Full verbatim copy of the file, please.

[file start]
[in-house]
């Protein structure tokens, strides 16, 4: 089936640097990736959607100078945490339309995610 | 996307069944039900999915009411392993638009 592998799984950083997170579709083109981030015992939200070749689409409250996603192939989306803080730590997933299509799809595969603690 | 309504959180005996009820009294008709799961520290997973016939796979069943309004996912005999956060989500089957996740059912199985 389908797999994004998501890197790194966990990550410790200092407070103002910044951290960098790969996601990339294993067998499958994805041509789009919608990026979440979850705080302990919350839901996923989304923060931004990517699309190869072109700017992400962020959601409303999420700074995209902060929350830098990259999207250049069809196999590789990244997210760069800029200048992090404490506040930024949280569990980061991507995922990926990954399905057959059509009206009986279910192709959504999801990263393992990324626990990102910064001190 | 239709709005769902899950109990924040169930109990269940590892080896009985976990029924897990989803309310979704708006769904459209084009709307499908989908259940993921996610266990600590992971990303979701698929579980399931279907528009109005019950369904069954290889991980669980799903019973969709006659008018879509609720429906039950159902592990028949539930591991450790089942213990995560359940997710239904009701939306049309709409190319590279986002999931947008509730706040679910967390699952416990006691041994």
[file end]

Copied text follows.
[in-house]
């Protein structure tokens, strides 16, 4: 089936640097990736959607100078945490339309995610 | 996307069944039900999915009411392993638009 592998799984950083997170579709083109981030015992939200070749689409409250996603192939989306803080730590997933299509799809595969603690 | 309504959180005996009820009294008709799961520290997973016939796979069943309004996912005999956060989500089957996740059912199985 389908797999994004998501890197790194966990990550410790200092407070103002910044951290960098790969996601990339294993067998499958994805041509789009919608990026979440979850705080302990919350839901996923989304923060931004990517699309190869072109700017992400962020959601409303999420700074995209902060929350830098990259999207250049069809196999590789990244997210760069800029200048992090404490506040930024949280569990980061991507995922990926990954399905057959059509009206009986279910192709959504999801990263393992990324626990990102910064001190 | 239709709005769902899950109990924040169930109990269940590892080896009985976990029924897990989803309310979704708006769904459209084009709307499908989908259940993921996610266990600590992971990303979701698929579980399931279907528009109005019950369904069954290889991980669980799903019973969709006659008018879509609720429906039950159902592990028949539930591991450790089942213990995560359940997710239904009701939306049309709409190319590279986002999931947008509730706040679910967390699952416990006691041994």